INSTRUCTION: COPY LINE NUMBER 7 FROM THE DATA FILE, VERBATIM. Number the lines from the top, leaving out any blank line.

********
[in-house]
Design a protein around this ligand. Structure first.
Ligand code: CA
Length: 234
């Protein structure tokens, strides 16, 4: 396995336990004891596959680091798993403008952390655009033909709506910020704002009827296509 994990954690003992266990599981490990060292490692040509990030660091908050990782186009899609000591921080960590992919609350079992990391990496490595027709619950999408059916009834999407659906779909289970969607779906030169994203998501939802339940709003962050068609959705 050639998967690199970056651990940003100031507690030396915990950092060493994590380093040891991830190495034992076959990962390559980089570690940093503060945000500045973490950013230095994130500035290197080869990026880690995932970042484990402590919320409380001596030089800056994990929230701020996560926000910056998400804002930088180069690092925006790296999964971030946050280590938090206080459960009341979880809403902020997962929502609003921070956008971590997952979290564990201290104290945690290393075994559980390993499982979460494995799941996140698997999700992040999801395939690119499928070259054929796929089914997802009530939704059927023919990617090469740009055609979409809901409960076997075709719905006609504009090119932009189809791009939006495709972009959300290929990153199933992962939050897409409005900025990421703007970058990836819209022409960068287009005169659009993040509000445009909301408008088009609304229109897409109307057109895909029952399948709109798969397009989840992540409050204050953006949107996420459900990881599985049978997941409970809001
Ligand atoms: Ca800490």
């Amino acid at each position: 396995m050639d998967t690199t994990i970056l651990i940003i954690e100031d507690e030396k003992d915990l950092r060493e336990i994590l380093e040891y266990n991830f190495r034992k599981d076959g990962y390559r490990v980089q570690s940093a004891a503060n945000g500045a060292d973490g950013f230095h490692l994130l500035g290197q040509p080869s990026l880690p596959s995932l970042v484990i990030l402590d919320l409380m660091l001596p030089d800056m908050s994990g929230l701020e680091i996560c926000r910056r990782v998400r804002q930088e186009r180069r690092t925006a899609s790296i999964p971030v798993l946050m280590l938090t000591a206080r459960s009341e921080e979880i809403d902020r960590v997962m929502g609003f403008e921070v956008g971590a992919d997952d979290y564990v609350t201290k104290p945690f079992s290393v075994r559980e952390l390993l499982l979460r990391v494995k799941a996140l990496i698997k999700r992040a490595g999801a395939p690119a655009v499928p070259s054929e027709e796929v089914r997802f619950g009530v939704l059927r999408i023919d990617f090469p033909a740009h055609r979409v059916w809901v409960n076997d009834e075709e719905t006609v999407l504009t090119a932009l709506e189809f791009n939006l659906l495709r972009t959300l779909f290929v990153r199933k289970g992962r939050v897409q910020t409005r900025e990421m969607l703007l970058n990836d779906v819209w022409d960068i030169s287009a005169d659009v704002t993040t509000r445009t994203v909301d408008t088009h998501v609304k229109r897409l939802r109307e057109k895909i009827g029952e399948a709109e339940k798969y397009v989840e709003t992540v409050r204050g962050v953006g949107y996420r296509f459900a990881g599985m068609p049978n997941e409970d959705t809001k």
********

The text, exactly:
């Amino acid at each position: 396995m050639d998967t690199t994990i970056l651990i940003i954690e100031d507690e030396k003992d915990l950092r060493e336990i994590l380093e040891y266990n991830f190495r034992k599981d076959g990962y390559r490990v980089q570690s940093a004891a503060n945000g500045a060292d973490g950013f230095h490692l994130l500035g290197q040509p080869s990026l880690p596959s995932l970042v484990i990030l402590d919320l409380m660091l001596p030089d800056m908050s994990g929230l701020e680091i996560c926000r910056r990782v998400r804002q930088e186009r180069r690092t925006a899609s790296i999964p971030v798993l946050m280590l938090t000591a206080r459960s009341e921080e979880i809403d902020r960590v997962m929502g609003f403008e921070v956008g971590a992919d997952d979290y564990v609350t201290k104290p945690f079992s290393v075994r559980e952390l390993l499982l979460r990391v494995k799941a996140l990496i698997k999700r992040a490595g999801a395939p690119a655009v499928p070259s054929e027709e796929v089914r997802f619950g009530v939704l059927r999408i023919d990617f090469p033909a740009h055609r979409v059916w809901v409960n076997d009834e075709e719905t006609v999407l504009t090119a932009l709506e189809f791009n939006l659906l495709r972009t959300l779909f290929v990153r199933k289970g992962r939050v897409q910020t409005r900025e990421m969607l703007l970058n990836d779906v819209w022409d960068i030169s287009a005169d659009v704002t993040t509000r445009t994203v909301d408008t088009h998501v609304k229109r897409l939802r109307e057109k895909i009827g029952e399948a709109e339940k798969y397009v989840e709003t992540v409050r204050g962050v953006g949107y996420r296509f459900a990881g599985m068609p049978n997941e409970d959705t809001k």